By Hinkle, Fingles & Prior, Attorneys at Law

Estate and tax planning is not only for the wealthy. However, with the recent changes to the Federal estate tax it’s easy to think that way. In reality, your estate is usually worth more than you think it is. Families usually forget about things like the value of their home, 401(k) or life insurance. These items alone can be enough to trigger federal estate tax considerations. In addition some states, like New Jersey, impose an estate tax.

  • As of January 2013, estates less than $5 million dollars are excluded from federal estate tax. As a result, most individuals did not need to engage in tax planning to limit the amount paid in federal estate taxes. However, many states also impose an estate tax. For instance, New Jersey only excludes estates less than $675,000 from its estate tax.

    The $5 million federal exclusion that went into effect in January was to settle a seemingly ever-changing tax code that made it challenging for families to minimize the impact of the estate tax. Despite this fact, there now appear to be some rumblings in Washington which may result in further changes. Some of the changes mentioned include, among other things, that the $5 million exclusion would be reduced to $3.5 million;

  • the gift tax would be reduced to $1 million;
  • the Generation Skipping Tax (taxes on gifts to grandchildren, for instance) would be reduced to $1 million;
  • the inflation index would be eliminated, and;
  • the highest tax rate would rise from 40% to 45%.

If some or all of these changes were to go into effect it could result in families having to pay federal estate taxes that they had not anticipated. What does this mean for our clients? Again, regardless of your income or the size of your estate, these changes in Washington have implications.

First, it means married couples should consider credit shelter trusts to reduce estate tax liability by preserving both spouses’ estate tax exclusion. Click here to learn more about credit shelter trusts;

Second, the use of certain types of trusts to remove life insurance benefits from your estate may be more important than ever;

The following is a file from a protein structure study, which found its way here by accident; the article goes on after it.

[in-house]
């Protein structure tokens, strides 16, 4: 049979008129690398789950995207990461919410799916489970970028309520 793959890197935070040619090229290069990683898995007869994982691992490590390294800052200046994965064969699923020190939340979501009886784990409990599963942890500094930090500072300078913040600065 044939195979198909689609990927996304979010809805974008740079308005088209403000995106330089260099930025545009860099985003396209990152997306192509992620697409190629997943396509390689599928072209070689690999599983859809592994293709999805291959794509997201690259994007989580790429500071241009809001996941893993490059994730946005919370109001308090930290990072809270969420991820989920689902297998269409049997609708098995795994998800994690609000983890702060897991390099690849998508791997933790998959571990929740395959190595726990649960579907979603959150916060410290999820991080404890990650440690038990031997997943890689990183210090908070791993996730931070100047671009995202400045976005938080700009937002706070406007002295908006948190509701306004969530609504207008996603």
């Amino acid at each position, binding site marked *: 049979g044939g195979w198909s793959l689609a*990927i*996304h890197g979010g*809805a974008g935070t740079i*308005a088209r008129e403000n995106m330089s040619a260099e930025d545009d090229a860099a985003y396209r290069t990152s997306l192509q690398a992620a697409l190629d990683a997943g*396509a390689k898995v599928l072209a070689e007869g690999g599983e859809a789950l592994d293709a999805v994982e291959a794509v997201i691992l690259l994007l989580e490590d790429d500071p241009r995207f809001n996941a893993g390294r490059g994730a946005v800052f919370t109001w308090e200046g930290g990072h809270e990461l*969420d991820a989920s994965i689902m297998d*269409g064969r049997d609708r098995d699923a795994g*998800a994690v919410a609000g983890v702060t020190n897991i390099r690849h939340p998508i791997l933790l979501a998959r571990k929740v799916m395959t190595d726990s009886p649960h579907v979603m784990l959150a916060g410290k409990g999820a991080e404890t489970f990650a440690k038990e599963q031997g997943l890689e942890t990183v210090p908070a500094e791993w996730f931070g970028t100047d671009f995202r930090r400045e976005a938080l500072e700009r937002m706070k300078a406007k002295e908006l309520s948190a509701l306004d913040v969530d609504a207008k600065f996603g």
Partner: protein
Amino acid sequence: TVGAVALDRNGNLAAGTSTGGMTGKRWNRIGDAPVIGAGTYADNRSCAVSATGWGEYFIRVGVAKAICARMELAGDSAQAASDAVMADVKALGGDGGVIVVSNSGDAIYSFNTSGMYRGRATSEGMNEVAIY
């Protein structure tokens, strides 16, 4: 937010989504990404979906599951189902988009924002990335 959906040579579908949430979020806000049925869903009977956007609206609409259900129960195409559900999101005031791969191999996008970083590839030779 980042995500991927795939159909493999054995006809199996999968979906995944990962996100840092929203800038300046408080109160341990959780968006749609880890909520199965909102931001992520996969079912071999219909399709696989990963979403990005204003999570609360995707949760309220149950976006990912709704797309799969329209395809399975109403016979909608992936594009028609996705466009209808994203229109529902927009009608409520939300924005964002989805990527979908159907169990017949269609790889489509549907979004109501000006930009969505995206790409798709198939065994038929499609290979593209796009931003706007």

Third, it might be worthwhile to consider aggressive gift giving strategies so that your estate is directed where you want it to go, and not subject to higher tax rates;

Fourth, it is wise to consider making gifts in your Will to charitable organizations such as non-profit organizations providing disability-related services and supports to your child as a way of minimizing estate taxes while helping to ensure the longevity of the organizations serving your child; and,

Fifth, it is imperative that you review your estate plan every five to ten years, or when there are changes to your assets or family, as well as anytime the government makes changes to the tax code.

The point is, no one can predict what will happen in Washington or elsewhere. However, most tax law changes also provide opportunities to families to plan for their future and that of their children. Keep an eye out for future editions of our newsletter. We will be sure to discuss whatever changes may occur.

Published on Aug 12th, 2013. © Copyright 2013 Hinkle, Fingles & Prior, P.C., Attorneys at Law. All rights reserved.
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Hinkle, Fingles, & Prior, P.C., Attorneys at Law is a multi-state law practice with offices in Lawrenceville, Cherry Hill, Florham Park, and Paramus, New Jersey, and Plymouth Meeting and Bala Cynwyd, Pennsylvania. The firm's partners and associates lecture and write frequently on topics of elder law, estate planning, special needs trusts, guardianship, special education, health care insurance & Medicaid, and accessing adult services, and are available to speak to groups in New Jersey and Pennsylvania at no charge. For more information, visit http://www.hinkle1.com/ or call (609) 896-4200, or (215) 860-2100.